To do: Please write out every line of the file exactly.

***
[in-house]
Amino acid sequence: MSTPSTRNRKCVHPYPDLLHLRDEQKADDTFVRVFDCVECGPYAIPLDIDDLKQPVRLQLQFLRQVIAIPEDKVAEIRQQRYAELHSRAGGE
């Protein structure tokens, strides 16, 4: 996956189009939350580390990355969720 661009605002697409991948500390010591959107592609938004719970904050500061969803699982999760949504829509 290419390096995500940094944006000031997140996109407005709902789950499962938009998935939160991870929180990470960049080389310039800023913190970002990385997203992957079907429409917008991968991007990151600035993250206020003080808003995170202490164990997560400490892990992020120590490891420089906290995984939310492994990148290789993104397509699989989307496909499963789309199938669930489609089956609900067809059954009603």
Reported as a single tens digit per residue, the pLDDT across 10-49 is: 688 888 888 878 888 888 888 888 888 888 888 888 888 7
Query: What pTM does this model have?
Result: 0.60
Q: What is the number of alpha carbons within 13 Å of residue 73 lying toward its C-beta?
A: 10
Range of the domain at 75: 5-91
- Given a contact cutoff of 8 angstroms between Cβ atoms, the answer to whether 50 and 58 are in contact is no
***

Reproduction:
[in-house]
Amino acid sequence: MSTPSTRNRKCVHPYPDLLHLRDEQKADDTFVRVFDCVECGPYAIPLDIDDLKQPVRLQLQFLRQVIAIPEDKVAEIRQQRYAELHSRAGGE
């Protein structure tokens, strides 16, 4: 996956189009939350580390990355969720 661009605002697409991948500390010591959107592609938004719970904050500061969803699982999760949504829509 290419390096995500940094944006000031997140996109407005709902789950499962938009998935939160991870929180990470960049080389310039800023913190970002990385997203992957079907429409917008991968991007990151600035993250206020003080808003995170202490164990997560400490892990992020120590490891420089906290995984939310492994990148290789993104397509699989989307496909499963789309199938669930489609089956609900067809059954009603």
Reported as a single tens digit per residue, the pLDDT across 10-49 is: 688 888 888 878 888 888 888 888 888 888 888 888 888 7
Query: What pTM does this model have?
Result: 0.60
Q: What is the number of alpha carbons within 13 Å of residue 73 lying toward its C-beta?
A: 10
Range of the domain at 75: 5-91
- Given a contact cutoff of 8 angstroms between Cβ atoms, the answer to whether 50 and 58 are in contact is no